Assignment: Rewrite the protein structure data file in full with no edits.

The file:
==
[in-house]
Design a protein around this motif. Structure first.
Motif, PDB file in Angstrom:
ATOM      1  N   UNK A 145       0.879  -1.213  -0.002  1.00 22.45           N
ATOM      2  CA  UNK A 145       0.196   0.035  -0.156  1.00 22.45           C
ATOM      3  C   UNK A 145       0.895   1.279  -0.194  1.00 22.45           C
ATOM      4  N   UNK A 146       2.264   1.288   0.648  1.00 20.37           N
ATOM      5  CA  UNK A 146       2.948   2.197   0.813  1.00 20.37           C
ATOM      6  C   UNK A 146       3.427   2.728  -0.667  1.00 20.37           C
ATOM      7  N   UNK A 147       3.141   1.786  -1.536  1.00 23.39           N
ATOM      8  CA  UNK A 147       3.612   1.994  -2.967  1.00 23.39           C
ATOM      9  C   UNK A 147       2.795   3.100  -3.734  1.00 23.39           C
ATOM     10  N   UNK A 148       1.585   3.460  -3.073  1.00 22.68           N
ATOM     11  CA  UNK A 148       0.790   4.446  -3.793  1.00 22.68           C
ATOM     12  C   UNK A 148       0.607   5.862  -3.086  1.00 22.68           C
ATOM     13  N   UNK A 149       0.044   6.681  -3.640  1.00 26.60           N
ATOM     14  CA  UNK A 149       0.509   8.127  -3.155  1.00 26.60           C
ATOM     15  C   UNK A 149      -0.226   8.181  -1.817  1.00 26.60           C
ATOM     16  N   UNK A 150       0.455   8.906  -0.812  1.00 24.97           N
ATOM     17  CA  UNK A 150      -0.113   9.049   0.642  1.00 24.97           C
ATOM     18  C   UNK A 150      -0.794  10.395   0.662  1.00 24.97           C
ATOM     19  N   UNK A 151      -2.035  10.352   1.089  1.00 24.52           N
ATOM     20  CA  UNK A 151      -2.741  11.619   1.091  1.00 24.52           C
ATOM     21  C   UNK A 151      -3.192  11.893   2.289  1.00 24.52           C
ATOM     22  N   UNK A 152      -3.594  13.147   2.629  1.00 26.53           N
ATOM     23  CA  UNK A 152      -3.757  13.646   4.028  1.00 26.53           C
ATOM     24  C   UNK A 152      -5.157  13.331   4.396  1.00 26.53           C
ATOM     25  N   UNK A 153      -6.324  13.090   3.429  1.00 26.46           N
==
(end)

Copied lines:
[in-house]
Design a protein around this motif. Structure first.
Motif, PDB file in Angstrom:
ATOM      1  N   UNK A 145       0.879  -1.213  -0.002  1.00 22.45           N
ATOM      2  CA  UNK A 145       0.196   0.035  -0.156  1.00 22.45           C
ATOM      3  C   UNK A 145       0.895   1.279  -0.194  1.00 22.45           C
ATOM      4  N   UNK A 146       2.264   1.288   0.648  1.00 20.37           N
ATOM      5  CA  UNK A 146       2.948   2.197   0.813  1.00 20.37           C
ATOM      6  C   UNK A 146       3.427   2.728  -0.667  1.00 20.37           C
ATOM      7  N   UNK A 147       3.141   1.786  -1.536  1.00 23.39           N
ATOM      8  CA  UNK A 147       3.612   1.994  -2.967  1.00 23.39           C
ATOM      9  C   UNK A 147       2.795   3.100  -3.734  1.00 23.39           C
ATOM     10  N   UNK A 148       1.585   3.460  -3.073  1.00 22.68           N
ATOM     11  CA  UNK A 148       0.790   4.446  -3.793  1.00 22.68           C
ATOM     12  C   UNK A 148       0.607   5.862  -3.086  1.00 22.68           C
ATOM     13  N   UNK A 149       0.044   6.681  -3.640  1.00 26.60           N
ATOM     14  CA  UNK A 149       0.509   8.127  -3.155  1.00 26.60           C
ATOM     15  C   UNK A 149      -0.226   8.181  -1.817  1.00 26.60           C
ATOM     16  N   UNK A 150       0.455   8.906  -0.812  1.00 24.97           N
ATOM     17  CA  UNK A 150      -0.113   9.049   0.642  1.00 24.97           C
ATOM     18  C   UNK A 150      -0.794  10.395   0.662  1.00 24.97           C
ATOM     19  N   UNK A 151      -2.035  10.352   1.089  1.00 24.52           N
ATOM     20  CA  UNK A 151      -2.741  11.619   1.091  1.00 24.52           C
ATOM     21  C   UNK A 151      -3.192  11.893   2.289  1.00 24.52           C
ATOM     22  N   UNK A 152      -3.594  13.147   2.629  1.00 26.53           N
ATOM     23  CA  UNK A 152      -3.757  13.646   4.028  1.00 26.53           C
ATOM     24  C   UNK A 152      -5.157  13.331   4.396  1.00 26.53           C
ATOM     25  N   UNK A 153      -6.324  13.090   3.429  1.00 26.46           N